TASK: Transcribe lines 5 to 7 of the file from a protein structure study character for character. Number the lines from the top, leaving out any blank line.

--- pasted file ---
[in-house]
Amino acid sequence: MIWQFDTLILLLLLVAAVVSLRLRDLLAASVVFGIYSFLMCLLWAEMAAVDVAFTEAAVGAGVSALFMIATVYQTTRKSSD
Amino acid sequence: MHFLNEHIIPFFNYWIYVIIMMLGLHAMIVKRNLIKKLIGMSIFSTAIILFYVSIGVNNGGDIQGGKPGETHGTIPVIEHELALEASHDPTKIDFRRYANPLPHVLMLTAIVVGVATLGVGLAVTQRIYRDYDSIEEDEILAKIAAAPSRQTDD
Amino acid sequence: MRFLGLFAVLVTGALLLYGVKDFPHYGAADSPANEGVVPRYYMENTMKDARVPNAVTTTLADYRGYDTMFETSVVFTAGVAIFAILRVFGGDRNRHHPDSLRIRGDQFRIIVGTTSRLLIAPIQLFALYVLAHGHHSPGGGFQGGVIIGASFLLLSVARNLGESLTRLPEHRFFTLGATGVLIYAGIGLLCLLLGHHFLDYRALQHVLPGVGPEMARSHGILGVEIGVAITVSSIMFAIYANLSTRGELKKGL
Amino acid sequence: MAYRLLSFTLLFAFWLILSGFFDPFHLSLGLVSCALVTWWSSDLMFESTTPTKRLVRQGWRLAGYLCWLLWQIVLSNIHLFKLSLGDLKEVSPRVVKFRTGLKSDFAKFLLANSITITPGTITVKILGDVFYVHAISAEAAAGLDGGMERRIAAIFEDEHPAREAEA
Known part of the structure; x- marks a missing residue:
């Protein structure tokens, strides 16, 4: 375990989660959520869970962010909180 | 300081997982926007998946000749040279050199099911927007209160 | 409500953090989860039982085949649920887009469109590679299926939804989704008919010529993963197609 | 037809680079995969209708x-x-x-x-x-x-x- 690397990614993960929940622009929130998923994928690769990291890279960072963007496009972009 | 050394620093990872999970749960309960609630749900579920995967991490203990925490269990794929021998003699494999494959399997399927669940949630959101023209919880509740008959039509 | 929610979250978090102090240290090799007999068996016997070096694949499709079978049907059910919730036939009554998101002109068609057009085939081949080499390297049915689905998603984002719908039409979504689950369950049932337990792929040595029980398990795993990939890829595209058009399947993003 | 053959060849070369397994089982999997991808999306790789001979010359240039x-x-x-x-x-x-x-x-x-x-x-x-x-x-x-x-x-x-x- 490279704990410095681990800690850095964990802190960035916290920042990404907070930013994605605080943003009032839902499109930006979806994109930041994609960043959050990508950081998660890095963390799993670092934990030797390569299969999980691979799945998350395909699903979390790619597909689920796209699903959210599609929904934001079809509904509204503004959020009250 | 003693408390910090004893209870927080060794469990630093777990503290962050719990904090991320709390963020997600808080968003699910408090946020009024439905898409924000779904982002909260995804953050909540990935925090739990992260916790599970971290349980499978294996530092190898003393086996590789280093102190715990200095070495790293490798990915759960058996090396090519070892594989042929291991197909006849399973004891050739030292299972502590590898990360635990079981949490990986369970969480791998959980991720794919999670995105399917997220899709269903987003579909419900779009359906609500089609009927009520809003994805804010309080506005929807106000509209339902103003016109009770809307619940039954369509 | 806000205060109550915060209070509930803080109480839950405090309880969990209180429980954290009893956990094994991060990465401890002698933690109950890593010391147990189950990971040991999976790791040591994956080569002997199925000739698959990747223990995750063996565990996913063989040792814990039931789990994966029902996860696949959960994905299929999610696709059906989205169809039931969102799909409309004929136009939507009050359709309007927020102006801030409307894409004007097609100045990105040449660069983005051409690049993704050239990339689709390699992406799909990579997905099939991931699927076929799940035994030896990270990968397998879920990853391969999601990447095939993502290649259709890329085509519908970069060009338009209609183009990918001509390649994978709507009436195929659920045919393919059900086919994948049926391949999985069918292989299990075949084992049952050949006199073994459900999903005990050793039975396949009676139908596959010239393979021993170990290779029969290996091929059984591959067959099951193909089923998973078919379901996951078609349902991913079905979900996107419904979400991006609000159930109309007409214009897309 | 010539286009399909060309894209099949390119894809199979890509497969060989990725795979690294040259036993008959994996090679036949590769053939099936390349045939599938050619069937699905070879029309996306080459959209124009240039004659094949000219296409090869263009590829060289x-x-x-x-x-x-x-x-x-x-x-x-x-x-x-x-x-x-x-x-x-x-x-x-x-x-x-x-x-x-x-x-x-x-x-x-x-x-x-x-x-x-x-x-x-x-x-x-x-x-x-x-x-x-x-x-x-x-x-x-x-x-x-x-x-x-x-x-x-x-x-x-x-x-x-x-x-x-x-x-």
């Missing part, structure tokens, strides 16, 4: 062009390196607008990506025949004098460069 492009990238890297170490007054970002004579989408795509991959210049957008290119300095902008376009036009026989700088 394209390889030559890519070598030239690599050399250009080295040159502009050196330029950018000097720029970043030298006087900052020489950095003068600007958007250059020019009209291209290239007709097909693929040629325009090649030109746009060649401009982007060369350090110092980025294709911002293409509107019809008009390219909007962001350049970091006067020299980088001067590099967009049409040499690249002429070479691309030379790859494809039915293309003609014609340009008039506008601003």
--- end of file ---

Amino acid sequence: MAYRLLSFTLLFAFWLILSGFFDPFHLSLGLVSCALVTWWSSDLMFESTTPTKRLVRQGWRLAGYLCWLLWQIVLSNIHLFKLSLGDLKEVSPRVVKFRTGLKSDFAKFLLANSITITPGTITVKILGDVFYVHAISAEAAAGLDGGMERRIAAIFEDEHPAREAEA
Known part of the structure; x- marks a missing residue:
């Protein structure tokens, strides 16, 4: 375990989660959520869970962010909180 | 300081997982926007998946000749040279050199099911927007209160 | 409500953090989860039982085949649920887009469109590679299926939804989704008919010529993963197609 | 037809680079995969209708x-x-x-x-x-x-x- 690397990614993960929940622009929130998923994928690769990291890279960072963007496009972009 | 050394620093990872999970749960309960609630749900579920995967991490203990925490269990794929021998003699494999494959399997399927669940949630959101023209919880509740008959039509 | 929610979250978090102090240290090799007999068996016997070096694949499709079978049907059910919730036939009554998101002109068609057009085939081949080499390297049915689905998603984002719908039409979504689950369950049932337990792929040595029980398990795993990939890829595209058009399947993003 | 053959060849070369397994089982999997991808999306790789001979010359240039x-x-x-x-x-x-x-x-x-x-x-x-x-x-x-x-x-x-x- 490279704990410095681990800690850095964990802190960035916290920042990404907070930013994605605080943003009032839902499109930006979806994109930041994609960043959050990508950081998660890095963390799993670092934990030797390569299969999980691979799945998350395909699903979390790619597909689920796209699903959210599609929904934001079809509904509204503004959020009250 | 003693408390910090004893209870927080060794469990630093777990503290962050719990904090991320709390963020997600808080968003699910408090946020009024439905898409924000779904982002909260995804953050909540990935925090739990992260916790599970971290349980499978294996530092190898003393086996590789280093102190715990200095070495790293490798990915759960058996090396090519070892594989042929291991197909006849399973004891050739030292299972502590590898990360635990079981949490990986369970969480791998959980991720794919999670995105399917997220899709269903987003579909419900779009359906609500089609009927009520809003994805804010309080506005929807106000509209339902103003016109009770809307619940039954369509 | 806000205060109550915060209070509930803080109480839950405090309880969990209180429980954290009893956990094994991060990465401890002698933690109950890593010391147990189950990971040991999976790791040591994956080569002997199925000739698959990747223990995750063996565990996913063989040792814990039931789990994966029902996860696949959960994905299929999610696709059906989205169809039931969102799909409309004929136009939507009050359709309007927020102006801030409307894409004007097609100045990105040449660069983005051409690049993704050239990339689709390699992406799909990579997905099939991931699927076929799940035994030896990270990968397998879920990853391969999601990447095939993502290649259709890329085509519908970069060009338009209609183009990918001509390649994978709507009436195929659920045919393919059900086919994948049926391949999985069918292989299990075949084992049952050949006199073994459900999903005990050793039975396949009676139908596959010239393979021993170990290779029969290996091929059984591959067959099951193909089923998973078919379901996951078609349902991913079905979900996107419904979400991006609000159930109309007409214009897309 | 010539286009399909060309894209099949390119894809199979890509497969060989990725795979690294040259036993008959994996090679036949590769053939099936390349045939599938050619069937699905070879029309996306080459959209124009240039004659094949000219296409090869263009590829060289x-x-x-x-x-x-x-x-x-x-x-x-x-x-x-x-x-x-x-x-x-x-x-x-x-x-x-x-x-x-x-x-x-x-x-x-x-x-x-x-x-x-x-x-x-x-x-x-x-x-x-x-x-x-x-x-x-x-x-x-x-x-x-x-x-x-x-x-x-x-x-x-x-x-x-x-x-x-x-x-």